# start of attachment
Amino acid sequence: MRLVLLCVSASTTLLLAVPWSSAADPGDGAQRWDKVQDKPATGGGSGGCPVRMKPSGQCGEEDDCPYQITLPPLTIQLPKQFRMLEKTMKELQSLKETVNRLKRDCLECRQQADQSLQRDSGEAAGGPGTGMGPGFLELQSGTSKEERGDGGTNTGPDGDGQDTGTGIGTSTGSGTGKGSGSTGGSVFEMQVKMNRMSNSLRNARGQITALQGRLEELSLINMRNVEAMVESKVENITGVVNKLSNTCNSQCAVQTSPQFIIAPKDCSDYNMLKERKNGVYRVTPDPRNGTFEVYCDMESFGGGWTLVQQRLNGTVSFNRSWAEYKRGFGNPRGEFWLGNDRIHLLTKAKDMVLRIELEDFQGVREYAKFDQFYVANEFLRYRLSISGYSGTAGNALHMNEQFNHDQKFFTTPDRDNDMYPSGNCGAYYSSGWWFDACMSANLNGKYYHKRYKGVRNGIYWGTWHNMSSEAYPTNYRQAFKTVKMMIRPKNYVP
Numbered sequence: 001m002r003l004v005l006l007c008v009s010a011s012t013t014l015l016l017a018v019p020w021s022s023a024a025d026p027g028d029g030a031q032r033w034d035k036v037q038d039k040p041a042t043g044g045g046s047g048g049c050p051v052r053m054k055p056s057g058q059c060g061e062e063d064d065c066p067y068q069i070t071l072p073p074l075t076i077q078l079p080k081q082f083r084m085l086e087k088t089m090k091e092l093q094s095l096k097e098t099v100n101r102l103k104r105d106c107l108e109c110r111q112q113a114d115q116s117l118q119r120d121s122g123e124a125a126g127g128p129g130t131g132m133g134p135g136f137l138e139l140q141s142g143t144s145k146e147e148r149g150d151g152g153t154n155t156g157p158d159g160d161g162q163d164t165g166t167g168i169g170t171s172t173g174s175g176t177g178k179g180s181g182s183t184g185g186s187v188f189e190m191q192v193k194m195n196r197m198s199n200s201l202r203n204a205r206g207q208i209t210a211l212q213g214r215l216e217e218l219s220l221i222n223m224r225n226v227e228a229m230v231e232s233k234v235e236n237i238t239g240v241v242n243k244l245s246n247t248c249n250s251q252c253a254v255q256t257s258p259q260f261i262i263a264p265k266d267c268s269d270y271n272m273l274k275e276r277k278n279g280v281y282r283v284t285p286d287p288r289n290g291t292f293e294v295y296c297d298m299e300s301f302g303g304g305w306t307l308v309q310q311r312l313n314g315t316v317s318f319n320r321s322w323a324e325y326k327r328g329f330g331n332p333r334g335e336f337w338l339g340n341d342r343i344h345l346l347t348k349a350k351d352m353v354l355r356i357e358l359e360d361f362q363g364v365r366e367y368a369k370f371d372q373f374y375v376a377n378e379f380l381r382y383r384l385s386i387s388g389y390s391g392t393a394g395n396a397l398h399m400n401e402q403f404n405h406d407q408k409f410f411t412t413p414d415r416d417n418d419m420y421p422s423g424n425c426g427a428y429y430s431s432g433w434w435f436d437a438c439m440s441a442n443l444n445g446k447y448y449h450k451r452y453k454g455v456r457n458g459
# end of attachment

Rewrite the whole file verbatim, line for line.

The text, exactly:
Amino acid sequence: MRLVLLCVSASTTLLLAVPWSSAADPGDGAQRWDKVQDKPATGGGSGGCPVRMKPSGQCGEEDDCPYQITLPPLTIQLPKQFRMLEKTMKELQSLKETVNRLKRDCLECRQQADQSLQRDSGEAAGGPGTGMGPGFLELQSGTSKEERGDGGTNTGPDGDGQDTGTGIGTSTGSGTGKGSGSTGGSVFEMQVKMNRMSNSLRNARGQITALQGRLEELSLINMRNVEAMVESKVENITGVVNKLSNTCNSQCAVQTSPQFIIAPKDCSDYNMLKERKNGVYRVTPDPRNGTFEVYCDMESFGGGWTLVQQRLNGTVSFNRSWAEYKRGFGNPRGEFWLGNDRIHLLTKAKDMVLRIELEDFQGVREYAKFDQFYVANEFLRYRLSISGYSGTAGNALHMNEQFNHDQKFFTTPDRDNDMYPSGNCGAYYSSGWWFDACMSANLNGKYYHKRYKGVRNGIYWGTWHNMSSEAYPTNYRQAFKTVKMMIRPKNYVP
Numbered sequence: 001m002r003l004v005l006l007c008v009s010a011s012t013t014l015l016l017a018v019p020w021s022s023a024a025d026p027g028d029g030a031q032r033w034d035k036v037q038d039k040p041a042t043g044g045g046s047g048g049c050p051v052r053m054k055p056s057g058q059c060g061e062e063d064d065c066p067y068q069i070t071l072p073p074l075t076i077q078l079p080k081q082f083r084m085l086e087k088t089m090k091e092l093q094s095l096k097e098t099v100n101r102l103k104r105d106c107l108e109c110r111q112q113a114d115q116s117l118q119r120d121s122g123e124a125a126g127g128p129g130t131g132m133g134p135g136f137l138e139l140q141s142g143t144s145k146e147e148r149g150d151g152g153t154n155t156g157p158d159g160d161g162q163d164t165g166t167g168i169g170t171s172t173g174s175g176t177g178k179g180s181g182s183t184g185g186s187v188f189e190m191q192v193k194m195n196r197m198s199n200s201l202r203n204a205r206g207q208i209t210a211l212q213g214r215l216e217e218l219s220l221i222n223m224r225n226v227e228a229m230v231e232s233k234v235e236n237i238t239g240v241v242n243k244l245s246n247t248c249n250s251q252c253a254v255q256t257s258p259q260f261i262i263a264p265k266d267c268s269d270y271n272m273l274k275e276r277k278n279g280v281y282r283v284t285p286d287p288r289n290g291t292f293e294v295y296c297d298m299e300s301f302g303g304g305w306t307l308v309q310q311r312l313n314g315t316v317s318f319n320r321s322w323a324e325y326k327r328g329f330g331n332p333r334g335e336f337w338l339g340n341d342r343i344h345l346l347t348k349a350k351d352m353v354l355r356i357e358l359e360d361f362q363g364v365r366e367y368a369k370f371d372q373f374y375v376a377n378e379f380l381r382y383r384l385s386i387s388g389y390s391g392t393a394g395n396a397l398h399m400n401e402q403f404n405h406d407q408k409f410f411t412t413p414d415r416d417n418d419m420y421p422s423g424n425c426g427a428y429y430s431s432g433w434w435f436d437a438c439m440s441a442n443l444n445g446k447y448y449h450k451r452y453k454g455v456r457n458g459